"While the number of cases being sealed was relatively small, the Review-Journal's series showed that some judges were willing to close court files for little or no reason," he said. "All the public could do was wonder what was being hidden, and why.
"The new rules still allow judges to seal files, but they have to do so for the right reasons, and they have to make a public record of their decision," Smith said. "That's what open government is about: accountability."
Until now, some judges in Nevada generally claimed wide discretion when it came to sealing civil cases or portions of documents in them. The new rules limit that discretion and require that a judge specify in writing why sealing a record or redacting a portion of it is justified. In the written findings, judges must identify "compelling privacy or safety interests that outweigh the public interest in access to the court record."
The purpose of the new rules is to provide a uniform procedure for the sealing and redacting of court records in civil cases. The new rules apply to all court records in civil actions.
An agreement of the parties in a civil lawsuit alone does not constitute a sufficient basis for the court to seal or redact court records, the new rules state.
The Supreme Court specifically prohibited records from being sealed to conceal a public hazard.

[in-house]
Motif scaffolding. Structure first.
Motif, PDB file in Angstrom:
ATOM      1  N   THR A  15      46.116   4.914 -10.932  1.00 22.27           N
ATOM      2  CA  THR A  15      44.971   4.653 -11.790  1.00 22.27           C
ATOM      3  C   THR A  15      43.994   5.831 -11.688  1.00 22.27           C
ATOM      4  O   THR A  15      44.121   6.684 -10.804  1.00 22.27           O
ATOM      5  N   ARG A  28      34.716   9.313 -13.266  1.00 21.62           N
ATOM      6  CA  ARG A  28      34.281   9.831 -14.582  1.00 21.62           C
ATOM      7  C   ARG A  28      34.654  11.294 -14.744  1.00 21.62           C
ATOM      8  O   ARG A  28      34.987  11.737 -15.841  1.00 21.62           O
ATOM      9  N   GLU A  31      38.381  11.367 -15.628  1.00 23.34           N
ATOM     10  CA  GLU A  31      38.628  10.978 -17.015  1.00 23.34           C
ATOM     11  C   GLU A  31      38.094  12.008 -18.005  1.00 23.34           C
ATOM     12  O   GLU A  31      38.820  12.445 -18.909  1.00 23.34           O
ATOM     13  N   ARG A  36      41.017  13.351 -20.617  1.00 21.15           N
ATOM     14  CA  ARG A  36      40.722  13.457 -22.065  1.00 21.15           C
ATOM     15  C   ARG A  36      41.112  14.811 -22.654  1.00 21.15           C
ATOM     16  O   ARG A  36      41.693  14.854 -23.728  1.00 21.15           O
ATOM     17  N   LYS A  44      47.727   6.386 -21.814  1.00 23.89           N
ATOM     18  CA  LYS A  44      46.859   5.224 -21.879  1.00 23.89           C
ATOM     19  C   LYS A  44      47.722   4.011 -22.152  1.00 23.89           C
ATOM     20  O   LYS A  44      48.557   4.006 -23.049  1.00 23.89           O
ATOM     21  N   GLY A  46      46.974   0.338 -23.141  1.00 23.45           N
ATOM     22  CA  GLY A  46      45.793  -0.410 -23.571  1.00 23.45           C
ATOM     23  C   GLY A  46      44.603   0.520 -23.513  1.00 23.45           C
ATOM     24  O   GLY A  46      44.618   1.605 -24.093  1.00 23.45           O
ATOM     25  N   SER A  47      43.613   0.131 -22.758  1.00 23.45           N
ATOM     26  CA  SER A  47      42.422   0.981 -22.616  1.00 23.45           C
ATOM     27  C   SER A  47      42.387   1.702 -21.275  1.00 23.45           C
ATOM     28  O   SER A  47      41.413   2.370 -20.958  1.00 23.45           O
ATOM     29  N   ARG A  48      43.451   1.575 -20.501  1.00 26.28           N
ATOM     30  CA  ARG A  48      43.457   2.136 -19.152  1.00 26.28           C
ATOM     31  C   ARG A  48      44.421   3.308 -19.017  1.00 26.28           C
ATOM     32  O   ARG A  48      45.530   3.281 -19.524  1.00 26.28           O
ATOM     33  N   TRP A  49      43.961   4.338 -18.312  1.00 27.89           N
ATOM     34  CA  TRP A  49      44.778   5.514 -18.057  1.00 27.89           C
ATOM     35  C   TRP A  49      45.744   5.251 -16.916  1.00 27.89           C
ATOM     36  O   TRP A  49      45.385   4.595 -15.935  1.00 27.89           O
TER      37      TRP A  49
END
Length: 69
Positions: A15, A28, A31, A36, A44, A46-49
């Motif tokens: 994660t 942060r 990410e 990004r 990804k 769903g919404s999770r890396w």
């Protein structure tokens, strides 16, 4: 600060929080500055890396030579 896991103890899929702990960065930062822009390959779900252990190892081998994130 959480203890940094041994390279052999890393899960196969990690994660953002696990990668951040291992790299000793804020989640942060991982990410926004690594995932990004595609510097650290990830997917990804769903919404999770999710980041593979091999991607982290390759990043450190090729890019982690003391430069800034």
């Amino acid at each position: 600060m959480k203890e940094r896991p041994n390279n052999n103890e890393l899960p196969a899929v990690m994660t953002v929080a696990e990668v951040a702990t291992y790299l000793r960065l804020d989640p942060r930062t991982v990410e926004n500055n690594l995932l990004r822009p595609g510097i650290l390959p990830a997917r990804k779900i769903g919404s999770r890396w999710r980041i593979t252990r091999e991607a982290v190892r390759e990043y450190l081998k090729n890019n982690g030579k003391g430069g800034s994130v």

It also prohibited so-called "super sealing" -- the practice of sealing an entire file.
Under the new rules, records can be sealed if permitted by state or federal law or to protect such information as trade secrets, personal identifiers such as Social Security numbers, medical or mental health records, or tax and financial records.
But even if a court record is sealed, there must be some identifying information about the case that is maintained on court indexes for public review, including a case number, docket code or number; the date of the initial filing; the names of parties, counsel of record and assigned judge; the notation "case sealed"; the case type and cause of action which may be obtained from the civil cover sheet; the order to seal and written findings supporting the order to seal; and the identity of the party who filed the motion to seal.
The issue of sealed records was taken up by the Supreme Court at the same time the 2007 Legislature was looking into the matter.
The new rules have similarities to legislation proposed by Assemblyman Bernie Anderson, D-Sparks, which sought to prohibit closed records unless the release of information posed a danger to the public.
His bill passed the Assembly but was rejected by the Senate Judiciary Committee because of the separate review authorized by the Supreme Court.
Clark County's District Court authorities acknowledged in August that they did not know how many lawsuits have been sealed from public view, why they were sealed, how many were sealed inappropriately, or who sealed many of them.
Contact reporter Sean Whaley at firstname.lastname@example.org or (775) 687-3900.